A longitudinal study of human cytomegalovirus serology and viruria fails to detect active viral infection in 20 systemic lupus erythematosus patients.Lupus. 2000; 9(2):120-6.L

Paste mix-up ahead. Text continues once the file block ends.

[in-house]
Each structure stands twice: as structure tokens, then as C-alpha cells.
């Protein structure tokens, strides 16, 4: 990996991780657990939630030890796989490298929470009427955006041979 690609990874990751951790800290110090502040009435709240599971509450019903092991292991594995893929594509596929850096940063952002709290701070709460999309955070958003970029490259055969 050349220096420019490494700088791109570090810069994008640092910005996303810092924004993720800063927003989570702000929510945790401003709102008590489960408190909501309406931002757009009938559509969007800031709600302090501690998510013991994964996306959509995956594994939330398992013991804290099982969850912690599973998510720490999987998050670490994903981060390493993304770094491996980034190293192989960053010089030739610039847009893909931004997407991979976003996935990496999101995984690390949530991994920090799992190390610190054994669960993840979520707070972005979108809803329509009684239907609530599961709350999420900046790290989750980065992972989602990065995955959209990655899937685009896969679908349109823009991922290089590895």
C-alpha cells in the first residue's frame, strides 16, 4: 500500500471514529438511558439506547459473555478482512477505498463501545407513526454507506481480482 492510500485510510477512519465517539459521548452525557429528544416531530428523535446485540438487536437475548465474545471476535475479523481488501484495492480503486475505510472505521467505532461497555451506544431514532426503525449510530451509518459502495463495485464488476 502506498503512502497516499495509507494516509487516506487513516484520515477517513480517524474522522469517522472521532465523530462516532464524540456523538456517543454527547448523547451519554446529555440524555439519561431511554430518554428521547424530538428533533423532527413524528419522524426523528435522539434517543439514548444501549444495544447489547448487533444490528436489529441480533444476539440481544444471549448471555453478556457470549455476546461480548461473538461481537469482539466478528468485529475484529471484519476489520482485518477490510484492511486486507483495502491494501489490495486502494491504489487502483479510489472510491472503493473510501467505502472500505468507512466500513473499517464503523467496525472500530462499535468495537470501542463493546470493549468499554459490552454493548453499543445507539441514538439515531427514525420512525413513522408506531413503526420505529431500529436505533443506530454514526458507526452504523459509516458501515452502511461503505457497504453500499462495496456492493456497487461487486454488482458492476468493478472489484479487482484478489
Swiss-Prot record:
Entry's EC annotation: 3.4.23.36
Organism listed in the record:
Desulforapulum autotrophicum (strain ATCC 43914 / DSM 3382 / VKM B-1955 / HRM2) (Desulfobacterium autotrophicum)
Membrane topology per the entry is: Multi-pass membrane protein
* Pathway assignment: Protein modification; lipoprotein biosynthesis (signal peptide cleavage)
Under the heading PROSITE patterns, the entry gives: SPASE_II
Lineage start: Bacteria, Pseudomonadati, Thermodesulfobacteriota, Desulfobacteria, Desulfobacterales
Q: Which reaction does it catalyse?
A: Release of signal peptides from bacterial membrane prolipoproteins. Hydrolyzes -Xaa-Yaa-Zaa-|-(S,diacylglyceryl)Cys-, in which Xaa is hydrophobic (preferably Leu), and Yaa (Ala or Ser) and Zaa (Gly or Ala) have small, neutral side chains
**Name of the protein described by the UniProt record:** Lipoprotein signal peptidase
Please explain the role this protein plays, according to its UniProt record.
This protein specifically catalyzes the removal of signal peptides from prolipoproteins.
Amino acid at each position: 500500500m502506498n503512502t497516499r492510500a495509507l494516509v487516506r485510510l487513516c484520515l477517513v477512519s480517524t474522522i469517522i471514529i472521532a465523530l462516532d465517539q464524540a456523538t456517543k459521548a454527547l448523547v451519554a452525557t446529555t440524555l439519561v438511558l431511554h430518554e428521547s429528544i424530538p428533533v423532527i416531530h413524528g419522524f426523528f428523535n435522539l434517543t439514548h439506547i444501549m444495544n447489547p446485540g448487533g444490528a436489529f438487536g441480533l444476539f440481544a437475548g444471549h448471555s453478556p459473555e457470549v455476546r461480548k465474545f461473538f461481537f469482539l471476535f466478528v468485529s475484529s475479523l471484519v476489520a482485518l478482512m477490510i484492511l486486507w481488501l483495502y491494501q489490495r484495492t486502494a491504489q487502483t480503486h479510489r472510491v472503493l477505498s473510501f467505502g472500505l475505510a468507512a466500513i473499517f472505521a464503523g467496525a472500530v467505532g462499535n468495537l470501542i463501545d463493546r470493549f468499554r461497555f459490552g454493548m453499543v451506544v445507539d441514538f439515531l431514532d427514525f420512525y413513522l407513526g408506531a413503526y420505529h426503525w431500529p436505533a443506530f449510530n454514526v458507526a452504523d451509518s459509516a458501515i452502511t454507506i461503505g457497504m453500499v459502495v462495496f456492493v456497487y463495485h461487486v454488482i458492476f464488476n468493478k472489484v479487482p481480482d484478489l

In this study, we investigated whether active human cytomegalovirus infection could be detected in 20 systemic lupus erythematosus (SLE) patients over a one-year observation period by polymerase chain reaction on serial urine specimens and by monitoring of IgG and IgM HCMV-specific antibody profiles in serial serum samples. Of 788 urine samples analysed for the presence of human cytomegalovirus DNA, only 2 specimens (0.25%) collected from two different patients contained genuine human cytomegalovirus sequences as determined by polymerase chain reaction and subsequent sequencing of the PCR products. These two patients had one positive sample out of 36 samples or 40 samples, respectively. Nineteen of the patients (95%) possessed IgG antibodies against human cytomegalovirus, while 9 (45%) produced IgM antibodies. However, none of the patients showed signs of an active virus infection as judged by the stable anti-HCMV IgG or IgM antibody levels during the observation period, nor was any correlation between disease activity and HCMV serology/viruria observed. Of single serum samples of 26 age- and sex-matched blood donors, 21 (81%) were HCMV IgG positive and 1 (3.8%) was IgM seropositive. In conclusion, our data fail to establish an active human cytomegalovirus infection in SLE patients.